Council district boundaries should be easily identifiable and understandable by residents. To the extent practicable, council districts shall be bound by natural and artificial barriers, by streets or by the boundaries of the city.
Council districts shall be drawn to encourage geographical compactness in a manner that nearby areas of population are not bypassed in favor of more distant populations and where doing so does not conflict with higher-ranked criteria.
Federal requirements dictate that the highest-ranked criteria be total population equality. Both federal and state law require the creation of a minority-majority district only if the minority group can form the majority in a single-member district that otherwise complies with the law. For example, two island districts split up by another district would not be acceptable.
Gerrymandering is not allowed to be the predominant consideration when drawing district lines.
“You’re not going to get these weird shapes that you would typically see in a congressional seat,” Zamora said. “It’s going to be roughly rectangular, I think, in general.”
Zamora said race, gender and political affiliation are not allowed to come into consideration when selecting maps. It is worth noting, however, that Zamora’s presentation said the Fourteenth Amendment to the U.S. Constitution does not prohibit all consideration of race in redistricting.
City council also has the option of transferring redistricting authority to an independent redistricting commission, according to Zamora. Elected officials, staff members and family members of elected officials would be forbidden to serve on the commission, but the same process, rules and regulations would apply.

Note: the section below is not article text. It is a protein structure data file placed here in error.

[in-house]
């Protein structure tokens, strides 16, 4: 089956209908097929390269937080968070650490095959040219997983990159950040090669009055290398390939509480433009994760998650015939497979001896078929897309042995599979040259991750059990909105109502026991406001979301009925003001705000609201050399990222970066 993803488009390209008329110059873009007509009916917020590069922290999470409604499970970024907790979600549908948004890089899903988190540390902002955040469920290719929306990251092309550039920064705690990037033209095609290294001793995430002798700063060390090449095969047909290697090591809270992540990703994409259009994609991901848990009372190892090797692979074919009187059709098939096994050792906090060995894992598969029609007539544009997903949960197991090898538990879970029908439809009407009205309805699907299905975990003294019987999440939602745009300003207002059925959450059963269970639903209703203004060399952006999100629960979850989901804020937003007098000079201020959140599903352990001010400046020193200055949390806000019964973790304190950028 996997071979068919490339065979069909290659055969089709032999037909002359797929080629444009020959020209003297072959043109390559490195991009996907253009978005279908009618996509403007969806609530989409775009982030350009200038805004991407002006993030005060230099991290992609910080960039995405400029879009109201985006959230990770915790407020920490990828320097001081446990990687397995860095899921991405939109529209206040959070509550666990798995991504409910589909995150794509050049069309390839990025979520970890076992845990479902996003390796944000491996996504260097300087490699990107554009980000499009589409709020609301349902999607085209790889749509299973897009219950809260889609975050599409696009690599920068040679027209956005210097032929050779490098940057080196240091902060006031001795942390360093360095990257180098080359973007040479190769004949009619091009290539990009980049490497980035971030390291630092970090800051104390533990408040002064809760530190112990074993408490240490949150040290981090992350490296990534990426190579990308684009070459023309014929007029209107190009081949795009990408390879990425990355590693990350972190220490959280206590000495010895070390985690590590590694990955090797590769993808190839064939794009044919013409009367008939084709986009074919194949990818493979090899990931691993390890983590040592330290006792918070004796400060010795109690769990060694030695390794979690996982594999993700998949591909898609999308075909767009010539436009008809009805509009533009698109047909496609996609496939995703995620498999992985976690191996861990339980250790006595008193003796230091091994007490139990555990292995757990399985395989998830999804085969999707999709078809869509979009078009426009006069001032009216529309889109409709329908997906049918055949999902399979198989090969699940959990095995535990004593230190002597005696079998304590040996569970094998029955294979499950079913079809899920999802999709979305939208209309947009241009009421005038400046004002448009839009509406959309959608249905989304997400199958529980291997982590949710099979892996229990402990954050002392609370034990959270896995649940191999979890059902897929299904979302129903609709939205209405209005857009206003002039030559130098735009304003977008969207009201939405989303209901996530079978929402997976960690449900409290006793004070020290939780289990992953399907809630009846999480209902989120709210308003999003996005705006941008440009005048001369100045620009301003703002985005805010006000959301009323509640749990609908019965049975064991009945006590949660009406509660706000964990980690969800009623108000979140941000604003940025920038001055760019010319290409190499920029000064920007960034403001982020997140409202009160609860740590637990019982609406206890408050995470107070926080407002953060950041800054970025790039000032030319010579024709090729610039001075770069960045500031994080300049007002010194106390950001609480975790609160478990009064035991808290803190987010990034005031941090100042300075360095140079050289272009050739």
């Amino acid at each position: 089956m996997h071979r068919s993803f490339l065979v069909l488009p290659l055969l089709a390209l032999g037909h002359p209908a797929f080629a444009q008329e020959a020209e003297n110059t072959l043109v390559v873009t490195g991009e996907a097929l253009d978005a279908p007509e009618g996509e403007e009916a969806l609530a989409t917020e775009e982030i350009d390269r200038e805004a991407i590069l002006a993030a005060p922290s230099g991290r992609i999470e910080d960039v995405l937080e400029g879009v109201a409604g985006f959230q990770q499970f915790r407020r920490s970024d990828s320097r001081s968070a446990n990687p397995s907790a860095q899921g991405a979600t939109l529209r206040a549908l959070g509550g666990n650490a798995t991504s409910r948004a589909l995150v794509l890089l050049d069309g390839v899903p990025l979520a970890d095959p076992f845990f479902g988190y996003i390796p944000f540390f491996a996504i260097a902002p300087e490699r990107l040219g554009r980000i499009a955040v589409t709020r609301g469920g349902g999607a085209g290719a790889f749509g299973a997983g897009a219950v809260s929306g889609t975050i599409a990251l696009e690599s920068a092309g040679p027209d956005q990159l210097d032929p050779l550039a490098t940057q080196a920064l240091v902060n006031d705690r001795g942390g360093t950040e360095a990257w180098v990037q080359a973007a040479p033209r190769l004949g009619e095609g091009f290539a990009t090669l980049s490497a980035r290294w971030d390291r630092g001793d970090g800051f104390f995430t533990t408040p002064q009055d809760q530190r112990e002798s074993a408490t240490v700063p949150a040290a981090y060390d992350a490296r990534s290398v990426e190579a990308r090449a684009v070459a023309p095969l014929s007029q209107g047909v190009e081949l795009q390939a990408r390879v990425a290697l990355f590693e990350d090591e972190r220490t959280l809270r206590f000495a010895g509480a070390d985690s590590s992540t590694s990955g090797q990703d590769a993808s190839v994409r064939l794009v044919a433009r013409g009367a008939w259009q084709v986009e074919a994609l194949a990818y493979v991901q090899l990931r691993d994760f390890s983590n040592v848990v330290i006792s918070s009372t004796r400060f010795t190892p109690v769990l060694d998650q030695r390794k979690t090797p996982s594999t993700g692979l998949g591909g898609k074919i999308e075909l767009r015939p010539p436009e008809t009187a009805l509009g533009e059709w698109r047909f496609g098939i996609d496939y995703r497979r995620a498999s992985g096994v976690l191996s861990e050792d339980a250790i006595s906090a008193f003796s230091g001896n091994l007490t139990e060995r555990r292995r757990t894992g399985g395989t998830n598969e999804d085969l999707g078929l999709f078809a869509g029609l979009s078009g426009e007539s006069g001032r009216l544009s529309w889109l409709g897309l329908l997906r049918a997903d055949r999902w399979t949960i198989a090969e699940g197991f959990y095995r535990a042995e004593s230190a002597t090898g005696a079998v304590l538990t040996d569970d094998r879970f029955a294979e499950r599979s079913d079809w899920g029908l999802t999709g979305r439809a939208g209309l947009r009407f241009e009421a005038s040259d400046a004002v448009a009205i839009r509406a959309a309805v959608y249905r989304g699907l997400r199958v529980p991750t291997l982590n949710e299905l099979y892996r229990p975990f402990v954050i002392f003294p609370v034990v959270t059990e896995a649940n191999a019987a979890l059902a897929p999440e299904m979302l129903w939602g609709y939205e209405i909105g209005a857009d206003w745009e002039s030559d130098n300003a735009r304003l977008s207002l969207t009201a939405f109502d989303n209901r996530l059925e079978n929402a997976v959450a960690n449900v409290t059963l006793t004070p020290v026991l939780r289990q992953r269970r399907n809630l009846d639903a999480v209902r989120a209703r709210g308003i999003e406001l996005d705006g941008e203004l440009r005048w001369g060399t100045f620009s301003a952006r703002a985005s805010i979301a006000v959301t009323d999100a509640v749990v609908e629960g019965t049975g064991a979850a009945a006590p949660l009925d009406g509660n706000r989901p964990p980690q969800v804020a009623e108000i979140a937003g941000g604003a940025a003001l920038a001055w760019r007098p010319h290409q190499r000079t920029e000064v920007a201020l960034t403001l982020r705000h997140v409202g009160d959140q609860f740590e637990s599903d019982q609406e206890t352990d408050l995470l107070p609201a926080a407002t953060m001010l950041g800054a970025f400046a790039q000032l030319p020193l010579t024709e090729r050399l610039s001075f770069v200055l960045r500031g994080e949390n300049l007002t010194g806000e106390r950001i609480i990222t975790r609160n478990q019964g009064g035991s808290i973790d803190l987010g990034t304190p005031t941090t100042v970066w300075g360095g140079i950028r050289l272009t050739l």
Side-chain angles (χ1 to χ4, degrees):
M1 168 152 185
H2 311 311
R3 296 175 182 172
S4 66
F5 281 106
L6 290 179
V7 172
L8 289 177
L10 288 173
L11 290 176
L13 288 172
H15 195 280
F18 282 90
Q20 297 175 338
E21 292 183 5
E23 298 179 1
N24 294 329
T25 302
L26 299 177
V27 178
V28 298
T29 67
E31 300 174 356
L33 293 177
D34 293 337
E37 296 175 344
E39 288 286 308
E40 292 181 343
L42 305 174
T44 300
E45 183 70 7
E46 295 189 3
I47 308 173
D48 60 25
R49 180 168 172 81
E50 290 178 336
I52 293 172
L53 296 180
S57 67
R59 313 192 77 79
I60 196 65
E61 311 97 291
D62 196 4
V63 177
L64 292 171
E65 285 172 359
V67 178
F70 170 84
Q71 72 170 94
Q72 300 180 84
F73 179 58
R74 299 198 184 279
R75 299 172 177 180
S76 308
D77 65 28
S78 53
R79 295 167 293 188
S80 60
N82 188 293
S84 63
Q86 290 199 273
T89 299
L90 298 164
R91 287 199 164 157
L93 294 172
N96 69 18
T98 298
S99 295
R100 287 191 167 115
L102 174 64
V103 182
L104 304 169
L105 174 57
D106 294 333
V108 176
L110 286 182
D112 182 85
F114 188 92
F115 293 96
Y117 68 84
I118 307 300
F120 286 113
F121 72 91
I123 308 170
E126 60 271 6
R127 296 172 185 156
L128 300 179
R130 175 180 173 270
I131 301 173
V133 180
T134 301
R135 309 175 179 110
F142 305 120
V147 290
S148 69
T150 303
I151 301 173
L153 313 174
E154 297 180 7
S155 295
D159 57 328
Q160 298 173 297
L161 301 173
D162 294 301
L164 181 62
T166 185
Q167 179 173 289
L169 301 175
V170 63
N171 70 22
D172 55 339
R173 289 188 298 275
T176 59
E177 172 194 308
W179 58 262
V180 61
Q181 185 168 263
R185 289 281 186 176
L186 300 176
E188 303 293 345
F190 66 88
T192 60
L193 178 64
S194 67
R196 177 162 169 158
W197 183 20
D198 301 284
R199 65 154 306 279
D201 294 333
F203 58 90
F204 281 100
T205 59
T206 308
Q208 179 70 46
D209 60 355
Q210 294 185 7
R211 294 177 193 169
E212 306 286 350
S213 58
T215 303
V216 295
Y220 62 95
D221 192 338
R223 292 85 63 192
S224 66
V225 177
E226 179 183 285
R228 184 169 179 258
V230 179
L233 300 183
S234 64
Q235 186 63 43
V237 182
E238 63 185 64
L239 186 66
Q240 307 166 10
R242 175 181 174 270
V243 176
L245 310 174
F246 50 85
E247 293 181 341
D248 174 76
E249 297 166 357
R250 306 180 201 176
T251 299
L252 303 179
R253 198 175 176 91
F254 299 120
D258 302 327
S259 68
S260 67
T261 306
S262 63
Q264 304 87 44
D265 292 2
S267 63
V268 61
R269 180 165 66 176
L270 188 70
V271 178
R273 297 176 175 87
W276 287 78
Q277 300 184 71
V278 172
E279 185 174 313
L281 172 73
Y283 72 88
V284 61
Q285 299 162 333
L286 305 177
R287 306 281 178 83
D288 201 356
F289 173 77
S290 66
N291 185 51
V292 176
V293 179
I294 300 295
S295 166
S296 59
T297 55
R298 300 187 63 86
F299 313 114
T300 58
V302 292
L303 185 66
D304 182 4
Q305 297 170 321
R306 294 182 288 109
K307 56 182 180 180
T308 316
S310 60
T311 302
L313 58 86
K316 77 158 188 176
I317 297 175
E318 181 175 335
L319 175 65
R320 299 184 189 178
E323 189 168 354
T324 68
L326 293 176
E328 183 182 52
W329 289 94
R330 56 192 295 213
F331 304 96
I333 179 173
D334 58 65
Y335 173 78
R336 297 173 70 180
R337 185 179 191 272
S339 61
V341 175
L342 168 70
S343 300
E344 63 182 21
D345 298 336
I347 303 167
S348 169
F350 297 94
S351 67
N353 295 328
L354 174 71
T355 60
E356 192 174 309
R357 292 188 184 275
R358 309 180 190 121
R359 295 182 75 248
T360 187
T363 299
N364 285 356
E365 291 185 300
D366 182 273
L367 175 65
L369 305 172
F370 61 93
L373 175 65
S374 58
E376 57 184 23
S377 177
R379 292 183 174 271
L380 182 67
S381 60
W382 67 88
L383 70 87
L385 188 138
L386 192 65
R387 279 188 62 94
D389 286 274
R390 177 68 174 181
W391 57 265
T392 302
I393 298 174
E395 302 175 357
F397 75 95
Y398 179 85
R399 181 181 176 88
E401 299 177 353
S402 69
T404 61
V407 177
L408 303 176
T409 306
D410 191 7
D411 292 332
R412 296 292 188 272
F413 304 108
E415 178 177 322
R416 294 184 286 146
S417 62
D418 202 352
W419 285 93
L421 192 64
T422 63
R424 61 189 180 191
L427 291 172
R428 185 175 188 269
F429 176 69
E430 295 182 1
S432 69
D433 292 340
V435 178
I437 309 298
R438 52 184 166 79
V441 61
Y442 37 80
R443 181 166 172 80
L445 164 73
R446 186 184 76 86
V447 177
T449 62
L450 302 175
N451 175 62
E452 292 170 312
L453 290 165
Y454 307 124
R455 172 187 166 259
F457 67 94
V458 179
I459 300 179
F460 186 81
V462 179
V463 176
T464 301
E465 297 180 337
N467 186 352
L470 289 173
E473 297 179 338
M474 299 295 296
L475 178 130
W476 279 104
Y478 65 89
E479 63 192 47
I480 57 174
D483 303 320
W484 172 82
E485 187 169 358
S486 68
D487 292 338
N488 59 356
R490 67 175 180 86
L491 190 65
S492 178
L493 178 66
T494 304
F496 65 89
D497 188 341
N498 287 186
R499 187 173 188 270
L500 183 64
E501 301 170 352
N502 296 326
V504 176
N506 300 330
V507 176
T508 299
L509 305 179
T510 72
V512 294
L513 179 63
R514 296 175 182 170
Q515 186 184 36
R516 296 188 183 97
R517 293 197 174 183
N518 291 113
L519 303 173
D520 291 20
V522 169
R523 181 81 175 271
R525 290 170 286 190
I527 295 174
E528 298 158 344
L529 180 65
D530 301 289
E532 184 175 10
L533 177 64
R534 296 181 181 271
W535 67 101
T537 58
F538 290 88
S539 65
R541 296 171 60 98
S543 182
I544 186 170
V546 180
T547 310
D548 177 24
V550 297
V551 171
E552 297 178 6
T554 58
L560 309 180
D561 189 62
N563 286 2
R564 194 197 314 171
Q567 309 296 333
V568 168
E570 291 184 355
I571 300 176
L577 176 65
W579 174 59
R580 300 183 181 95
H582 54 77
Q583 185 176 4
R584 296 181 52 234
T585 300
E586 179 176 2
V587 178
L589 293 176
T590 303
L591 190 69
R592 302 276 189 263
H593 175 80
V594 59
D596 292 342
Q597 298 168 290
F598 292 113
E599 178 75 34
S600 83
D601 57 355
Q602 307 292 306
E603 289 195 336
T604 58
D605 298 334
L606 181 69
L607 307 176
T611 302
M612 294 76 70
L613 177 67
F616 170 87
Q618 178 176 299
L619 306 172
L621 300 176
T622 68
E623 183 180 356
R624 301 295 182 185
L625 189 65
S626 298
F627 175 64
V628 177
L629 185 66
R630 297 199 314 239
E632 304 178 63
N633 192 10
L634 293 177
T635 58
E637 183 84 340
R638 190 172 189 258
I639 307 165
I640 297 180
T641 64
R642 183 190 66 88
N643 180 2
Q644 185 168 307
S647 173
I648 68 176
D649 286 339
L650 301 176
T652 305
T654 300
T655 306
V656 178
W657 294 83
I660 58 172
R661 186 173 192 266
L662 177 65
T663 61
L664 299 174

“It’s intended to be a non-partisan group,” Zamora said. “It wouldn’t be the council actually selecting the map.”
Ranked choice voting, or “instant runoff voting” is an option that could forgo the need for districts. This allows voters on election day to rank their preference in order, for which the elected council members would be elected by a 50%-and-1 majority. Where there is less than majority, rounds would be implemented to decide the winner. the lowest vote recipient will be dropped and their votes would be redistributed to the next round. The potential exists for a council elected through ranked choice voting to not need districts, as the top preferences of all would fill the seats. California cities such as Berkeley, Palm Desert, San Francisco and San Leandro currently use rank choice voting, albeit within the district setting. Albany, California just voted to move to ranked choice voting in an at-large setting for city council and school board elections, which will be implemented in 2022. The entire state of Maine used ranked choice voting in the 2020 presidential election. A charter amendment would be required for Tulare to implement this style of voting, and the city would still require a redistricting under the current timeline.
Zamora said the level of severity to which the map needs to be redrawn will depend on how much the population has changed according to census data when it becomes available. Hard deadlines for redistricting fall between Oct. 8, 2021 and June 10, 2022.
This article was updated Feb. 3 at 12:40 p.m.